And the answer was: of course I have. What child hasn’t? I have the bad habit of wanting to believe that all the important things which have been with me since the beginning will be with me forever. But all good things eventually come to an end: relationships, The Dick Cavett Show, decent airline customer service, careers. If you can think of it, it will more than likely disappear sooner or later, whether you want it to or not.

If someone you love, whether it be a grandmother or father or spouse– anyone really– has a recipe they are famous for, or at the very least, one you strongly associate with them, learn it from them now if they’ll let you. Find an excuse to get together and cook. When they are no longer in your life, you can make these things for yourself and feel their presence.

You may find it strange that my premature nostalgia has found me making something from my workplace, but I don’t. After the many years I’ve spent there, it’s become something like a home to me, inhabited by something very much like a family. Dysfunctional at times like any family, but a family just the same. And like any home and family, child that I am, I will leave it someday.

So I figure I’d better start learning to prepare some of these things on my own because I won’t have mommy or daddy or a team of pastry cooks to make them for me forever. And, for lack of a better idea, learning to make galaktoboureko seems like as good a place as any to start. It’s a word I’m much more comfortable pronouncing than the word “goodbye.”




Traditionally, you would find this dessert prepared deep-dish style, with layers of phyllo on the bottom and top and as much semolina custard as you can cram between. But I happen to like the elegance and portability of the rolled version. It is the way I was introduced to the dessert and it’s one thing I prefer not to change.

I also respect galaktoboureko‘s ephemeral qualities. Phyllo dough envelops and protects the custard during baking, but it is fragile. It tears and shatters easily and loses its crispness within hours. It must be eaten the day it is made.

Makes 12 to 16 “galactic burritos”, depending upon how much custard you decide to cram into them. 


For the custard:

• 1 cup whole milk
• 1 cup half and half (you may also use heavy cream, if you like)
• 1/2 cup sugar
• 1/2 teaspoon of vanilla extract (or 1 eviscerated vanilla bean)
• 1/4 cup semolina flour*
• 1 large egg
• A heavy pinch of salt

For the pastry:

• 12 sheets of frozen phyllo dough, thawed
• 1/2 cup clarified butter
• 2 tablespoons sugar
• 1/4 teaspoon grated orange zest
• 1/4 teaspoon fresh lemon juice
• 1 teaspoon orange flower water


1. Thaw your phyllo in your refrigerator overnight

2.  In a small saucepan, combine milk, half and half,  1/4 cup of sugar, and if you’re using vanilla bean, add it now, scraping the seeds into the milk. Bring to a simmer and make certain the sugar is dissolved.

3. Meanwhile, whisk together the other 1/4 cup of sugar, semolina flours, egg, and salt until it is a uniform mush. Whisk about half of the hot milk into the semolina mixture to temper it, making certain to keep up the motion to prevent curdling. Return this mixture to the milk remaining in the pan, bring to a boil and whisk constantly until the custard is smooth and thick and therefore custardy. When it bubbles like molten lava or those delightful mud pots at Yellowstone National Park, remove it from the heat, place into an awaiting bowl, cover the surface with plastic wrap to avoid the creation of a top skin, and let cool.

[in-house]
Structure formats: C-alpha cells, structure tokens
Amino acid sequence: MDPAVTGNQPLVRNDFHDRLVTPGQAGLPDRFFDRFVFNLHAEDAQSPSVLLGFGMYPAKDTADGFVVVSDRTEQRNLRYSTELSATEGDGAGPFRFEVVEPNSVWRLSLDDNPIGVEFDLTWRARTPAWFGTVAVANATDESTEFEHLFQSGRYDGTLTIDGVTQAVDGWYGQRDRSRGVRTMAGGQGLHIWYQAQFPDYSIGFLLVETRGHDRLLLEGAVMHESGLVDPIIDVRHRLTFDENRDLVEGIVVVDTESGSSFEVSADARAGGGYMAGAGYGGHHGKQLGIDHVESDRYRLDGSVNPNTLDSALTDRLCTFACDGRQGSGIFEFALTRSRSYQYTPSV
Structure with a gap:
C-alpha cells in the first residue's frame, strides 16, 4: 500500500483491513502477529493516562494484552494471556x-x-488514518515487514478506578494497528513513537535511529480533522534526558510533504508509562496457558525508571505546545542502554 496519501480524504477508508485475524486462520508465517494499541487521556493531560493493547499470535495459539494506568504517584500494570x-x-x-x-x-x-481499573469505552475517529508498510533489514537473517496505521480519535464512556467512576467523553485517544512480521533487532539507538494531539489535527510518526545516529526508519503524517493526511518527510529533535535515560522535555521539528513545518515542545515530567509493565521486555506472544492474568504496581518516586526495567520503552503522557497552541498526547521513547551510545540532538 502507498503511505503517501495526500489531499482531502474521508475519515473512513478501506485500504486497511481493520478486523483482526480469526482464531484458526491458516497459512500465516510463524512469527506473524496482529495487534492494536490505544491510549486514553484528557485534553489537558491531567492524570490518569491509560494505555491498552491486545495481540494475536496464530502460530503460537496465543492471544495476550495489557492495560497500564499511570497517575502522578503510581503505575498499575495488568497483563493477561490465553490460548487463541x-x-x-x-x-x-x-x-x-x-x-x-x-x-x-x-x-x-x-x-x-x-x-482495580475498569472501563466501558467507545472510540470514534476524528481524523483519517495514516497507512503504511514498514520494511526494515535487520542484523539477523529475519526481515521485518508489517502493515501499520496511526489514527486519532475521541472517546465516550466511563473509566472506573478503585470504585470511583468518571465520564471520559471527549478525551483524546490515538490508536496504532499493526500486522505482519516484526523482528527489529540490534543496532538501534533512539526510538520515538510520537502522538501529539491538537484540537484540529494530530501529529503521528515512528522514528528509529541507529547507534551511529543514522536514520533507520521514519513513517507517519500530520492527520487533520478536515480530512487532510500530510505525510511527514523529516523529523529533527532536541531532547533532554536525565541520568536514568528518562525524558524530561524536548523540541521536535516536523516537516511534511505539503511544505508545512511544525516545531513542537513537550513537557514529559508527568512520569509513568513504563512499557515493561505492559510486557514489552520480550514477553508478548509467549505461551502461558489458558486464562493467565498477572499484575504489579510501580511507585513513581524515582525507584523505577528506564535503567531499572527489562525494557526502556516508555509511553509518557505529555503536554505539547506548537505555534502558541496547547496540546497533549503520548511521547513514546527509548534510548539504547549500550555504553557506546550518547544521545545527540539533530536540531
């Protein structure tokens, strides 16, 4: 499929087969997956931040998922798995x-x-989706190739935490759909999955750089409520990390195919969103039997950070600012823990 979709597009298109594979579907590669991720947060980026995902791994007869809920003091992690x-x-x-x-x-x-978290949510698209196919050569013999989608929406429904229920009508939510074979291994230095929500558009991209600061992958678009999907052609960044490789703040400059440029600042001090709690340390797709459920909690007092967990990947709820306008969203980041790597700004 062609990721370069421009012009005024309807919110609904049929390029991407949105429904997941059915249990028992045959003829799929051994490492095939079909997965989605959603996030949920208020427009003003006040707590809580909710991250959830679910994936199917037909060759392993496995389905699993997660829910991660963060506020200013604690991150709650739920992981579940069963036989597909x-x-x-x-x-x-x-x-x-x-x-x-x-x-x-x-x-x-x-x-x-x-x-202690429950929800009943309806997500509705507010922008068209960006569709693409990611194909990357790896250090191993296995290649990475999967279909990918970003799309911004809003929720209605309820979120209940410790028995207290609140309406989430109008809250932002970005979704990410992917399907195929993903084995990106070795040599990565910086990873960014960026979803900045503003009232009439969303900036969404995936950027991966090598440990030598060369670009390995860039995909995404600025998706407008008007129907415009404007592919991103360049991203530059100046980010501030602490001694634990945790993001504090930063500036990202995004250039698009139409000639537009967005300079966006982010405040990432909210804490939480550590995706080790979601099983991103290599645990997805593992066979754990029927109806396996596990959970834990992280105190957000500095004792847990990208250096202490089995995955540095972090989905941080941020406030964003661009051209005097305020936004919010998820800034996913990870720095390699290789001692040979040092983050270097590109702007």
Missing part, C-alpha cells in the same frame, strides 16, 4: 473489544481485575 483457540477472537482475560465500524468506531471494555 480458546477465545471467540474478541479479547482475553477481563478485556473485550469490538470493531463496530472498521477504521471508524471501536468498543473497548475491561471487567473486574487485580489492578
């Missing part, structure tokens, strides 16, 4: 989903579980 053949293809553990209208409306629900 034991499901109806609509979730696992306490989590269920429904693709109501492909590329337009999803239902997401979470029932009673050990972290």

IMG_41264. To assemble the galaktoboureko, place 1 sheet of phyllo on a large clean work surface with the short side facing your (hopefully) apron-covered crotch. keep the remaining phyllo under plastic wrap covered with a lightly dampened towel to prevent them from drying out. Brush the phyllo with the clarified butter (which I assume you have melted and are not attempting to brush said phyllo with hardened, cold clarified butter), brushing from the center of the sheet toward the edges. Top with two more sheets, brushing each with butter in exactly the same way. Cut the layers of phyllo in half vertically and horizontally to make 4 rectangles.

5. Place the cooled custard into a pastry bag fitted with a plain 1/2-inch tip (or simply dump it into a large freezer bag and cut the correct amount off one of the corners to improvise– it works like a charm). Pipe at least 2 tablespoons of the delicious goo in a more or less straight line parallel to the short side near your nether-regions, leaving a 1 inch border along the sides and top of the phyllo. Fold the short side of the phyllo over the filling, tucking it under the filling, then fold in about 1 inch along each side of the longer sides. In other words, pretend you are making a burrito. Continue rolling until you have a log that is about 4 1/2 inches long. Repeat with the other three awaiting phyllo rectangles. Transfer to a parchment-lined baking sheet and repeat until you have used up all of your custard. Or all of your phyllo. Or until you get tired of doing this. Whichever comes first. Cover the baking sheet and refrigerate until well chilled.

6. To make the syrup, unceremoniously dump the 2 tablespoons of sugar, 1 tablespoon of water, the lemon juice, and orange zest into a small saucepan. Swirl over medium heat until it seems appropriately glaze-like. Let cool and add orange flower water.

7. Pre-heat your oven to 500° F. Pierce each log with the tip of a paring knife in 4 strategic places to allow steam to vent during baking. Otherwise, you will experience undramatic but rather upsetting galactic explosions inside your oven. Bake until golden brown. Start watching them like a hawk after 8 minutes. Remove from the oven and immediately glaze they pastries with syrup while they’re hot.